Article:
Reserve your copy now and attend a VIP launch party on March 1 at 7:30pm at Uchiko 4200 N. Lamar Blvd.
Marla Camp is on of my favorite foodie people and the amazing editor of Edible Austin. Here is the news of her latest accolades:
We’re proud to announce that Edible Austin won two Eddy Awards, and were finalists in two other categories this year, bestowed at the Edible Communities Publishers meeting in January. Judged by a panel of outside experts from the food and publishing worlds, the awards recognize outstanding writing, photography and marketing campaigns.
Best Website: edibleaustin.com (2nd year in a row)
Best Editorial—Special Issue for Edible Austin COOKS! (digital edition click here)
and finalists for….
Best Editorial Spread or Layout for Setting the Season, Edible Austin COOKS!
Best Electronic Feature for our e-newsletter
Congratulations to Marla and her talented team! Check out the special Cooks edition for party throwing tips, essential kitchen tools, family recipes from local chefs and farmers, a Texas wine guide, and more!
Last year I made Bacon Pecan Toffee. This year, the TECHmunch conference has been extended for 3 full days, so I am not sure if I will have the time/energy to participate but I am experimenting with a new porky dessert. I made bacon sticky buns last weekend but they were not up to the high standards of last years competition. I will update with more information as I get it.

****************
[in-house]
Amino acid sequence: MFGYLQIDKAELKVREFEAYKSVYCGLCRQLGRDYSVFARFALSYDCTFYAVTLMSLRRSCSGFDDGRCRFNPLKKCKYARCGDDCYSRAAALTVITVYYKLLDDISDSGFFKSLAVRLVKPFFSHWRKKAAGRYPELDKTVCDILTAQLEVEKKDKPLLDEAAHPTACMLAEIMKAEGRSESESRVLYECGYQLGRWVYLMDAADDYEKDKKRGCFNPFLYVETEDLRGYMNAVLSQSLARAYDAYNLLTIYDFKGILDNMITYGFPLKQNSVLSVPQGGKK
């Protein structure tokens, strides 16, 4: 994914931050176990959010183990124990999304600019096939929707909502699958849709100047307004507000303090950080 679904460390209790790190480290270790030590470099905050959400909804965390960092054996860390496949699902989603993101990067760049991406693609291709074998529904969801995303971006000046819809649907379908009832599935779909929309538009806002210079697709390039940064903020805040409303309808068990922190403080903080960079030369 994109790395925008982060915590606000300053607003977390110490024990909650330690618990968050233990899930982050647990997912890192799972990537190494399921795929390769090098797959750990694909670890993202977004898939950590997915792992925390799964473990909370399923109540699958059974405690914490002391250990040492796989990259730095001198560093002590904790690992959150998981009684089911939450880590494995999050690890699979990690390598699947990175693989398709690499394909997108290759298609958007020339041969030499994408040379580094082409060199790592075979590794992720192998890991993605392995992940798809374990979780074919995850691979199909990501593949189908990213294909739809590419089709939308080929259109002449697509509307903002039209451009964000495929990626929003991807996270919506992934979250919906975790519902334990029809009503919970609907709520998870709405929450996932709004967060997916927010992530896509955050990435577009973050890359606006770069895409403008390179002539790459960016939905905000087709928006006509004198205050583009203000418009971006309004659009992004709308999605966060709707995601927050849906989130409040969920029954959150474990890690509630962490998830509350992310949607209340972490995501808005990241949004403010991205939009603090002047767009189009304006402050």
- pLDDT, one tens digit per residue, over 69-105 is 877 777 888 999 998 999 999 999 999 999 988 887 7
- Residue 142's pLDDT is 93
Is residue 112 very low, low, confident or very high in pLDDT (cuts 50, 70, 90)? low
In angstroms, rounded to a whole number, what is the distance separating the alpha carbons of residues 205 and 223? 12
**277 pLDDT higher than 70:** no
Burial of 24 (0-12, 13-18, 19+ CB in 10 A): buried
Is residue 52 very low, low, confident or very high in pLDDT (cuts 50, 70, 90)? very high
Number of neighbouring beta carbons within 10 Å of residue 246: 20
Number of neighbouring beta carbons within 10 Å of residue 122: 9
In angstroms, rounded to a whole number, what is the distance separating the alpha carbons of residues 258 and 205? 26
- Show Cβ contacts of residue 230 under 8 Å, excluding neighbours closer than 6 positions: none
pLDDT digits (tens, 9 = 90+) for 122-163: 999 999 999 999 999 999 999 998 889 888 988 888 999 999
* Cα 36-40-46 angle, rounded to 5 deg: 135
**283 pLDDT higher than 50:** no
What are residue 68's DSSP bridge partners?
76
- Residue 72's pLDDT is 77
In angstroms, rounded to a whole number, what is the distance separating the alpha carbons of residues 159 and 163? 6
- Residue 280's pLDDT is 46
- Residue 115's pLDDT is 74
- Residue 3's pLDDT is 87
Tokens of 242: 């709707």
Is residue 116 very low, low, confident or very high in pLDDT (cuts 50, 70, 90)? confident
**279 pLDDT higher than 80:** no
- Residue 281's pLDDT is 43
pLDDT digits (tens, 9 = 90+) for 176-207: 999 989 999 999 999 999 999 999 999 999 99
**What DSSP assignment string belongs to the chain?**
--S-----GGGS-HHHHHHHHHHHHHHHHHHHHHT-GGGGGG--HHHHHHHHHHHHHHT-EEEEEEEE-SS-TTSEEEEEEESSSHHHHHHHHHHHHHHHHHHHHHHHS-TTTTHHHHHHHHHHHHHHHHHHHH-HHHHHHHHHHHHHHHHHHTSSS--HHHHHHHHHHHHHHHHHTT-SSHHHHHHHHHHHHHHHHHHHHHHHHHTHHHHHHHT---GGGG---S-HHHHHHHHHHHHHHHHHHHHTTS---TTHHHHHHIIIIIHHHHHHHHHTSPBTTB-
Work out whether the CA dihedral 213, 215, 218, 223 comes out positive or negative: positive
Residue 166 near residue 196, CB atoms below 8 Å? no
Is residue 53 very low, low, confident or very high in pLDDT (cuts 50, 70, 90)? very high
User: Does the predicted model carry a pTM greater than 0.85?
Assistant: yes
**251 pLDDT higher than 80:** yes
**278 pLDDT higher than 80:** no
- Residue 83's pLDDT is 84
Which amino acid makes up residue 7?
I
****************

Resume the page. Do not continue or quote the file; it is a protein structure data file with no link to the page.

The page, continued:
Spring is coming! How do I know? The schedule is up for the THCW&FF! (I love a long acronym.) Lots of great events, my favorite is always the grand Stars Across at the Long Center. The Sunday Fair wasat the beautiful grounds at the Salt Lick in Spicewood but has also been plagued with mud the last couple of years. This year should be interesting at the stunning new Mexican American Cultural Center in downtown Austin.
The schedule is up! What a coup for Austin snagging the 2011 IACP conference. Culinary luminaries include Diana Kennedy, Jacques Pepin, Amanda Hesser, Dorie Greenspan, John Besh, Stephen Pyles, Tom Perini, as well as plenty of our own stars from central Texas like Tyson Cole. I cannot wait!
Now this sounds like fun. How I wish there had been a culinary program at my high school. There actually is a great program at my old alma mater, Travis High (Go Rebels :-))There is also a new program at Connally High which is headed up by an old high school buddy of mine Chef Mike Erickson. He has put together this amazing contest complete with celebrity judges and terrific prizes for the students. The first round is this Saturday January 29, 2011 at Connally High 13212 N Lamar Bl. from 12-2. Chef Mike will also be at Taste of Austin pimping cupcakes. Save me some chocolate/chocolate!